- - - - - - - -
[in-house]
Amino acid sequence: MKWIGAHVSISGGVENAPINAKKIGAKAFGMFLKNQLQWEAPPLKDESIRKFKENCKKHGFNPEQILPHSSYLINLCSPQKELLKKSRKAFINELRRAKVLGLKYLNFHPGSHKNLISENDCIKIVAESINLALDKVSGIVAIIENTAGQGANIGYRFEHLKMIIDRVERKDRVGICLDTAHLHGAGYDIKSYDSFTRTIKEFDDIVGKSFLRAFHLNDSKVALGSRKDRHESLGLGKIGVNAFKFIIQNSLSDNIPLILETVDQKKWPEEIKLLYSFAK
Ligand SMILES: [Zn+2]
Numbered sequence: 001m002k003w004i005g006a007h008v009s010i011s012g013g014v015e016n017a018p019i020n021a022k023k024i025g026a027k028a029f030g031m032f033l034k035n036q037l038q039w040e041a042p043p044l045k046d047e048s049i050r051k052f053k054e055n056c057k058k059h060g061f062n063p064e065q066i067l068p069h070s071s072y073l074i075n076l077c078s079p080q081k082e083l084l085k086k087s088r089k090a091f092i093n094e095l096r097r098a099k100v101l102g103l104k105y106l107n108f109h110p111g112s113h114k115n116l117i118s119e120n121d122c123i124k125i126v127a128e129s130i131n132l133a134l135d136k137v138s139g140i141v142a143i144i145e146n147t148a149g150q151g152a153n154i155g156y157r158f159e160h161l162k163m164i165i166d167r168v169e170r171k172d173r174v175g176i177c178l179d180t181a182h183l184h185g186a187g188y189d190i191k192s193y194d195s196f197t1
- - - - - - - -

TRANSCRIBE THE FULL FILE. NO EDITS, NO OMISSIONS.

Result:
[in-house]
Amino acid sequence: MKWIGAHVSISGGVENAPINAKKIGAKAFGMFLKNQLQWEAPPLKDESIRKFKENCKKHGFNPEQILPHSSYLINLCSPQKELLKKSRKAFINELRRAKVLGLKYLNFHPGSHKNLISENDCIKIVAESINLALDKVSGIVAIIENTAGQGANIGYRFEHLKMIIDRVERKDRVGICLDTAHLHGAGYDIKSYDSFTRTIKEFDDIVGKSFLRAFHLNDSKVALGSRKDRHESLGLGKIGVNAFKFIIQNSLSDNIPLILETVDQKKWPEEIKLLYSFAK
Ligand SMILES: [Zn+2]
Numbered sequence: 001m002k003w004i005g006a007h008v009s010i011s012g013g014v015e016n017a018p019i020n021a022k023k024i025g026a027k028a029f030g031m032f033l034k035n036q037l038q039w040e041a042p043p044l045k046d047e048s049i050r051k052f053k054e055n056c057k058k059h060g061f062n063p064e065q066i067l068p069h070s071s072y073l074i075n076l077c078s079p080q081k082e083l084l085k086k087s088r089k090a091f092i093n094e095l096r097r098a099k100v101l102g103l104k105y106l107n108f109h110p111g112s113h114k115n116l117i118s119e120n121d122c123i124k125i126v127a128e129s130i131n132l133a134l135d136k137v138s139g140i141v142a143i144i145e146n147t148a149g150q151g152a153n154i155g156y157r158f159e160h161l162k163m164i165i166d167r168v169e170r171k172d173r174v175g176i177c178l179d180t181a182h183l184h185g186a187g188y189d190i191k192s193y194d195s196f197t1